“Just when you think you’ve mastered the Italian menu, along comes one like this,” said my companion, reading down the list of dishes. “Bitter greens with sapa, elicoidali with cauliflower, tuna belly with guanciale.…”
“It’s Roman food from 2 A.D.,” said our waiter. “There’s a glossary on the back of the menu.”
The glossary takes up an entire page. For Lupa (named for the she-wolf who’s the symbol of Rome) is not just another Italian trattoria serving carpaccio and fried calamari. The team behind it includes Babbo’s Mario Batali and Joseph Bastianich, along with Jason Denton of ‘ino (former manager of Pó) and chef Mark Ladner. And since this small restaurant opened a year ago, it’s been tough to get a table. They only take reservations for a third of the tables, and if you come hoping to sit in the front room, good luck if you’d like to have dinner while you’re still sober enough to taste the food. The first time I showed up at Lupa, the manager cheerfully told us the wait for a table was between one and two hours, “so have a drink at the bar!” As Bridget Jones would say, “Thanks blurry much!”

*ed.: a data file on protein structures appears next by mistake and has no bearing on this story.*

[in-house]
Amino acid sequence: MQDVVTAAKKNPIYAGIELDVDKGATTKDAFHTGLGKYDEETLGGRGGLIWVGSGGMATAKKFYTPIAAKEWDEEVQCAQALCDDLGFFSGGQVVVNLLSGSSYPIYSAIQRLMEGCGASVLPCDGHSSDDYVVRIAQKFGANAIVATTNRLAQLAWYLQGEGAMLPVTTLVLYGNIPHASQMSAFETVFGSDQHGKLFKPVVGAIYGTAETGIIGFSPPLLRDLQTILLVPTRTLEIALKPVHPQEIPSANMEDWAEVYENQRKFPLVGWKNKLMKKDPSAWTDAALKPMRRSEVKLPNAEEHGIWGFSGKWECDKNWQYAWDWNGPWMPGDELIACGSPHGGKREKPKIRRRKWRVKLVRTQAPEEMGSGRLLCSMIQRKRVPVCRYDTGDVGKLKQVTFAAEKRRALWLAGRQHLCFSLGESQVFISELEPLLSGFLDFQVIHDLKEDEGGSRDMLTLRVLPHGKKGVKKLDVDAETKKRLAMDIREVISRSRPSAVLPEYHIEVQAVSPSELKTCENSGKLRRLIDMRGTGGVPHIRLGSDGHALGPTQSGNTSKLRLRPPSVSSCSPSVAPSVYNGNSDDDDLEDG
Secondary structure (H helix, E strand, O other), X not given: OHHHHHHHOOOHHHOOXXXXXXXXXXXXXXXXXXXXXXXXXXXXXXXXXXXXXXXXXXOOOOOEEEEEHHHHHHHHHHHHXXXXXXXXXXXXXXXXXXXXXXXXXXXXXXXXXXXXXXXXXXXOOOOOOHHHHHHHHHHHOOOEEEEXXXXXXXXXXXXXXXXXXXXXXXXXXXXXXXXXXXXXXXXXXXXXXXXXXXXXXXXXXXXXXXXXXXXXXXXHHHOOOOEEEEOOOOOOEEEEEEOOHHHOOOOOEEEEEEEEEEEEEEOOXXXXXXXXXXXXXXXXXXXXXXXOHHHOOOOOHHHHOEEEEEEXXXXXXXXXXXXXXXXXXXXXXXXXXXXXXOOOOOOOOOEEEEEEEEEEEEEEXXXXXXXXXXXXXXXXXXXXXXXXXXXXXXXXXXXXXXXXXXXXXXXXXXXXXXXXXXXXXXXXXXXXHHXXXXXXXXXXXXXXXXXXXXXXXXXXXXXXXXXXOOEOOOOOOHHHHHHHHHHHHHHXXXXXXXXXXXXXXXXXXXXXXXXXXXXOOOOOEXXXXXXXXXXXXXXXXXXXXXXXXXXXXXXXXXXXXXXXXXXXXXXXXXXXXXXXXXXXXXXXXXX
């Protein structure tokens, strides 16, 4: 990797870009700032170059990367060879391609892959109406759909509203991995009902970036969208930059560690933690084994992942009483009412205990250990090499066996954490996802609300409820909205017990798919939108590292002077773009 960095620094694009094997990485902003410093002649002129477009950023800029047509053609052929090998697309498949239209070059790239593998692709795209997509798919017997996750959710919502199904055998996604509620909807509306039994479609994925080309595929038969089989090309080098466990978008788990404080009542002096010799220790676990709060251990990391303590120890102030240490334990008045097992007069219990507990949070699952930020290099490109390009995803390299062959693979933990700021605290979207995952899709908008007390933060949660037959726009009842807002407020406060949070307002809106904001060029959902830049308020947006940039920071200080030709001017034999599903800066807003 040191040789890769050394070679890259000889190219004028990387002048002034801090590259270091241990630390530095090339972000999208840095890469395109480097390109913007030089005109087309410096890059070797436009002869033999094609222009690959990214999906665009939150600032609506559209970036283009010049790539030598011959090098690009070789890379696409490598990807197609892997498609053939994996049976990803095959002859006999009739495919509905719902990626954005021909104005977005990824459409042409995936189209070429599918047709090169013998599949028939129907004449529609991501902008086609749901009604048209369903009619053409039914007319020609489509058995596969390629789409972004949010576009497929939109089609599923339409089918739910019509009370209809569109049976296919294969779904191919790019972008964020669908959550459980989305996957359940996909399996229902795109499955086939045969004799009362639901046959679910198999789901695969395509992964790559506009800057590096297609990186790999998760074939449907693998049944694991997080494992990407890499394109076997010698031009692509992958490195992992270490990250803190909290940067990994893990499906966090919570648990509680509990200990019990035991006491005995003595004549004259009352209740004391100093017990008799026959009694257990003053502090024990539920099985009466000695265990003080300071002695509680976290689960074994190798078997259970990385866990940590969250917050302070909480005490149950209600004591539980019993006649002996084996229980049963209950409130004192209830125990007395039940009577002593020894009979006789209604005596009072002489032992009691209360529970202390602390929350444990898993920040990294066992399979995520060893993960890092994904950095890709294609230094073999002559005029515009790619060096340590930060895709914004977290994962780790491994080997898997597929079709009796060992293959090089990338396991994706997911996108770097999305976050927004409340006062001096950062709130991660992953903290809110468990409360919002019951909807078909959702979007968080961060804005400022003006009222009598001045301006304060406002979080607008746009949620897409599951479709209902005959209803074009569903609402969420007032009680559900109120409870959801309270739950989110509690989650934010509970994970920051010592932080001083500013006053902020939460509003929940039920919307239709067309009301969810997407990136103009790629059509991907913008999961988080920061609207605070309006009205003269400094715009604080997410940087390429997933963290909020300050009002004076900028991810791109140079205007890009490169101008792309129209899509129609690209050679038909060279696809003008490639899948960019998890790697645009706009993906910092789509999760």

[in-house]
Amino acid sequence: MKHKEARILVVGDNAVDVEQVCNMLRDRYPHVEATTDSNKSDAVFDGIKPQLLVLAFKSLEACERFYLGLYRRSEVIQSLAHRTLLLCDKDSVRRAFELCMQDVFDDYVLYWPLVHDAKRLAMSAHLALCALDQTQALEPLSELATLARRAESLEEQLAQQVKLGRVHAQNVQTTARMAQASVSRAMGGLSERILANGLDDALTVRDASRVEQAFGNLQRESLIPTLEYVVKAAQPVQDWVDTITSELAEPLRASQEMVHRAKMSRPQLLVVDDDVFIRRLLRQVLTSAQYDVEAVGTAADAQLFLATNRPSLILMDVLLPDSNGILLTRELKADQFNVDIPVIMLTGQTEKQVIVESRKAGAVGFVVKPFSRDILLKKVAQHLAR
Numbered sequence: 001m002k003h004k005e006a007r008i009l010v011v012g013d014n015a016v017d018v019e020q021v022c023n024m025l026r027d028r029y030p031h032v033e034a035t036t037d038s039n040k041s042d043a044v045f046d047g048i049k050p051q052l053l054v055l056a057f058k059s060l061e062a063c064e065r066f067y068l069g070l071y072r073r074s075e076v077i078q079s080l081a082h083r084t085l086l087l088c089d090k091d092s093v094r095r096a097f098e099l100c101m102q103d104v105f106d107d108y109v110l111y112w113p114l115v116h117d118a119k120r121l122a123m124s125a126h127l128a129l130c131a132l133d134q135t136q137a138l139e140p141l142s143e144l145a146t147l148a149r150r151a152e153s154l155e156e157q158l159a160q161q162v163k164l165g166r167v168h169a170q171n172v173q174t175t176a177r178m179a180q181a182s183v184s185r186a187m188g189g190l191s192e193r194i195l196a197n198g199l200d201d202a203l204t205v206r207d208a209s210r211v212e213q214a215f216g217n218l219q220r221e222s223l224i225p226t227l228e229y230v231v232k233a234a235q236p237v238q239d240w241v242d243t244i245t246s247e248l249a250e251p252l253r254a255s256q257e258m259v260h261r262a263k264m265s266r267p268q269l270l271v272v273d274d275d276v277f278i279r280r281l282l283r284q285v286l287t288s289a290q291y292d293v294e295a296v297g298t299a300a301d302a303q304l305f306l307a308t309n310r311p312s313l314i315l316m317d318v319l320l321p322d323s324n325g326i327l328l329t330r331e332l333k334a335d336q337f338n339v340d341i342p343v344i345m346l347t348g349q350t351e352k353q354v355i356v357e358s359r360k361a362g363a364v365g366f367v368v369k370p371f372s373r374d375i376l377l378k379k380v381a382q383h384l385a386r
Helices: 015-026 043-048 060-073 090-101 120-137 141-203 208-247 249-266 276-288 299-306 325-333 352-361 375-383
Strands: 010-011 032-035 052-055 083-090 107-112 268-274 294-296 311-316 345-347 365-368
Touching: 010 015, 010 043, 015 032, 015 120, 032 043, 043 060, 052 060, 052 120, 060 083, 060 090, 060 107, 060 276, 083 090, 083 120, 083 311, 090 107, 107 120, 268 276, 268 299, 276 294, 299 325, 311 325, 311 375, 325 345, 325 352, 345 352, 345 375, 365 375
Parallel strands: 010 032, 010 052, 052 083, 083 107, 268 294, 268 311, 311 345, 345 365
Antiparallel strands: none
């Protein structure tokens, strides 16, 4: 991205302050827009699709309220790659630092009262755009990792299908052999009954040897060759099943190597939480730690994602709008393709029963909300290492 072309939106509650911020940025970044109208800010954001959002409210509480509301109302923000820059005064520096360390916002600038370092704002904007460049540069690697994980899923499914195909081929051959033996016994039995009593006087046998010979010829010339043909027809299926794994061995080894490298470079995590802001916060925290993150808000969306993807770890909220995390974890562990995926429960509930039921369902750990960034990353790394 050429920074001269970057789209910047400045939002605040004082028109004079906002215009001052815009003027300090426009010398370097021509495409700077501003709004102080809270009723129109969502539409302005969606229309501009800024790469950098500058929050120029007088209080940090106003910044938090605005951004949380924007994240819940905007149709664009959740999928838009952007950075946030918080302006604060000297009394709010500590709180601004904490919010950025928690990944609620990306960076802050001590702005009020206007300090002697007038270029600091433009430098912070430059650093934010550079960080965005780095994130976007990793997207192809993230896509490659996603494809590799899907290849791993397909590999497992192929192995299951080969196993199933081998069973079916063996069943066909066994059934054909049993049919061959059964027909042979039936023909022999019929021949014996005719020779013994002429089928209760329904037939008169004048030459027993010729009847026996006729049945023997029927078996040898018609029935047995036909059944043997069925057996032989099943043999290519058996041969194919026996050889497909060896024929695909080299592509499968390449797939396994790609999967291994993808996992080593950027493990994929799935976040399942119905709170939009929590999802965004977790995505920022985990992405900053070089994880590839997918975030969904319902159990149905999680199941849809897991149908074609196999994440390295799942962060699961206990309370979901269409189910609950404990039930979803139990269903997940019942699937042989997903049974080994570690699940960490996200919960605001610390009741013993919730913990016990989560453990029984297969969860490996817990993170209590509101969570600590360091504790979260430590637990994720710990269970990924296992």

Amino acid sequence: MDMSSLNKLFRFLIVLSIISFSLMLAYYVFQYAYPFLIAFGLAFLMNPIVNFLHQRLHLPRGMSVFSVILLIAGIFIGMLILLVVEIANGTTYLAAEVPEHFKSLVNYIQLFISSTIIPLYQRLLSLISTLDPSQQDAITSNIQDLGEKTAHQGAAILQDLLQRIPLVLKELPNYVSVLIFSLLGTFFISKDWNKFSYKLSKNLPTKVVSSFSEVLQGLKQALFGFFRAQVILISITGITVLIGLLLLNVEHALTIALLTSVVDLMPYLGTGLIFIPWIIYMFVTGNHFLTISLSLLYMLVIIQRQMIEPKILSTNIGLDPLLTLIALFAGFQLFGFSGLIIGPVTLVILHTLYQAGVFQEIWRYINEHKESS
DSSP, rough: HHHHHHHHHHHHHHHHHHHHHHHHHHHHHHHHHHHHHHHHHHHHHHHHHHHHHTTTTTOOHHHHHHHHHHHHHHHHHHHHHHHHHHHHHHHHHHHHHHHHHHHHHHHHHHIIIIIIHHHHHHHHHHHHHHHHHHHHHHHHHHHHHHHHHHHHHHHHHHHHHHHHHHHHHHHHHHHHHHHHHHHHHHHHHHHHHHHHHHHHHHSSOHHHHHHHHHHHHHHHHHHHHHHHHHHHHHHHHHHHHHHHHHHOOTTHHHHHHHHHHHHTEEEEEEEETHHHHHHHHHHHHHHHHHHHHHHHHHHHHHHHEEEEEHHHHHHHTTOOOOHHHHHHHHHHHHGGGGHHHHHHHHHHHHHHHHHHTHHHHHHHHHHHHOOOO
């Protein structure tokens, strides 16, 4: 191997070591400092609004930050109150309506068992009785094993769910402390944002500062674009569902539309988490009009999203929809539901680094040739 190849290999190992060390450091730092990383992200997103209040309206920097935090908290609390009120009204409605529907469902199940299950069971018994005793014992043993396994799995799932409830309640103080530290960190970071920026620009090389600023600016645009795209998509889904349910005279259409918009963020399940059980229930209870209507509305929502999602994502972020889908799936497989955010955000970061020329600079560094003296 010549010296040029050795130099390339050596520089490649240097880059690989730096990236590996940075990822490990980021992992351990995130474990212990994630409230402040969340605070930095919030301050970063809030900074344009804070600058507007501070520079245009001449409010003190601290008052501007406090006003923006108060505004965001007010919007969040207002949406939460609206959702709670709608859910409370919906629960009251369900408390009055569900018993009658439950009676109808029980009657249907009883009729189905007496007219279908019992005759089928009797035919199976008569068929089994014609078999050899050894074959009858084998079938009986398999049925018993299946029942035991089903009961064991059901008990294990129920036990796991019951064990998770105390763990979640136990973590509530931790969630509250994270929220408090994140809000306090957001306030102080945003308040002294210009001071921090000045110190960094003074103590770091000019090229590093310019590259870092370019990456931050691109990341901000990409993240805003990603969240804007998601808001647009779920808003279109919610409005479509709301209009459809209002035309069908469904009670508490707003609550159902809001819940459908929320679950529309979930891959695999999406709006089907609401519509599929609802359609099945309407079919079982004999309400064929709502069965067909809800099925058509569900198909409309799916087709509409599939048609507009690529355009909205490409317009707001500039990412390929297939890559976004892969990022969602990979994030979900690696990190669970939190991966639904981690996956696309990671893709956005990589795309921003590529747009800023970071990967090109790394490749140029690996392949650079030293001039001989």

On a night of violent rainstorms I tried again, hoping the weather would have deterred other customers and there wouldn’t be much of a wait. When I called at the last minute, a man’s voice said, “I don’t see any problem. Come right over.”
We were there in five minutes. But there was a problem. “The wait will be about an hour,” said the hostess, all smiles. “Have a drink at the bar.” She looked incredulous when I told her of my telephone conversation and called over one of the owners. He was equally incredulous. “There’s only one other guy here who would have answered the phone,” he said. “And he would never have told you that. He knows this restaurant!”
Perhaps it was because I had just seen Fully Committed , the play about customers who lie, cheat and bribe to get a table at a four-star restaurant, but I was beginning to feel just the teeniest bit paranoid.